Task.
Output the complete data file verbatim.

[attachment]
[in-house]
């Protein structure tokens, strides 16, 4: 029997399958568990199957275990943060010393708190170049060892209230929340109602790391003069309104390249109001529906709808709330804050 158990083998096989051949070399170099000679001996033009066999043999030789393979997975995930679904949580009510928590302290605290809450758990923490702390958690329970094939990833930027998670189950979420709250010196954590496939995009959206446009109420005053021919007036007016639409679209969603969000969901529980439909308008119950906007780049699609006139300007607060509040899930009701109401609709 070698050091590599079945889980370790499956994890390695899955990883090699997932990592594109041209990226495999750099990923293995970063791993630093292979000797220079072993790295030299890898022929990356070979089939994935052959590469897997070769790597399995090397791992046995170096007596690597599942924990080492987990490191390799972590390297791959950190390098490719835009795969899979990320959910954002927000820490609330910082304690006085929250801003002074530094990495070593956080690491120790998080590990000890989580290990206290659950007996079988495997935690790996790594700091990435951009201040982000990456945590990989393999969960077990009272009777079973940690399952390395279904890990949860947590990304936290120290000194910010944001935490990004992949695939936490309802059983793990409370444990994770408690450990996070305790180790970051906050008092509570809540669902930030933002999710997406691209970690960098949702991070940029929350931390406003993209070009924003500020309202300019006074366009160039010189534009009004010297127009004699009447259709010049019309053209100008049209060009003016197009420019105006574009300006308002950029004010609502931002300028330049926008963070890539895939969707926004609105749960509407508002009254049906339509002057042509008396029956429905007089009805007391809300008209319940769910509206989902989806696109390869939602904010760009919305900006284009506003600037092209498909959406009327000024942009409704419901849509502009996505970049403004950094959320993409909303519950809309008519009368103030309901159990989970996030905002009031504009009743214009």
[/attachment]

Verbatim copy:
[in-house]
């Protein structure tokens, strides 16, 4: 029997399958568990199957275990943060010393708190170049060892209230929340109602790391003069309104390249109001529906709808709330804050 158990083998096989051949070399170099000679001996033009066999043999030789393979997975995930679904949580009510928590302290605290809450758990923490702390958690329970094939990833930027998670189950979420709250010196954590496939995009959206446009109420005053021919007036007016639409679209969603969000969901529980439909308008119950906007780049699609006139300007607060509040899930009701109401609709 070698050091590599079945889980370790499956994890390695899955990883090699997932990592594109041209990226495999750099990923293995970063791993630093292979000797220079072993790295030299890898022929990356070979089939994935052959590469897997070769790597399995090397791992046995170096007596690597599942924990080492987990490191390799972590390297791959950190390098490719835009795969899979990320959910954002927000820490609330910082304690006085929250801003002074530094990495070593956080690491120790998080590990000890989580290990206290659950007996079988495997935690790996790594700091990435951009201040982000990456945590990989393999969960077990009272009777079973940690399952390395279904890990949860947590990304936290120290000194910010944001935490990004992949695939936490309802059983793990409370444990994770408690450990996070305790180790970051906050008092509570809540669902930030933002999710997406691209970690960098949702991070940029929350931390406003993209070009924003500020309202300019006074366009160039010189534009009004010297127009004699009447259709010049019309053209100008049209060009003016197009420019105006574009300006308002950029004010609502931002300028330049926008963070890539895939969707926004609105749960509407508002009254049906339509002057042509008396029956429905007089009805007391809300008209319940769910509206989902989806696109390869939602904010760009919305900006284009506003600037092209498909959406009327000024942009409704419901849509502009996505970049403004950094959320993409909303519950809309008519009368103030309901159990989970996030905002009031504009009743214009």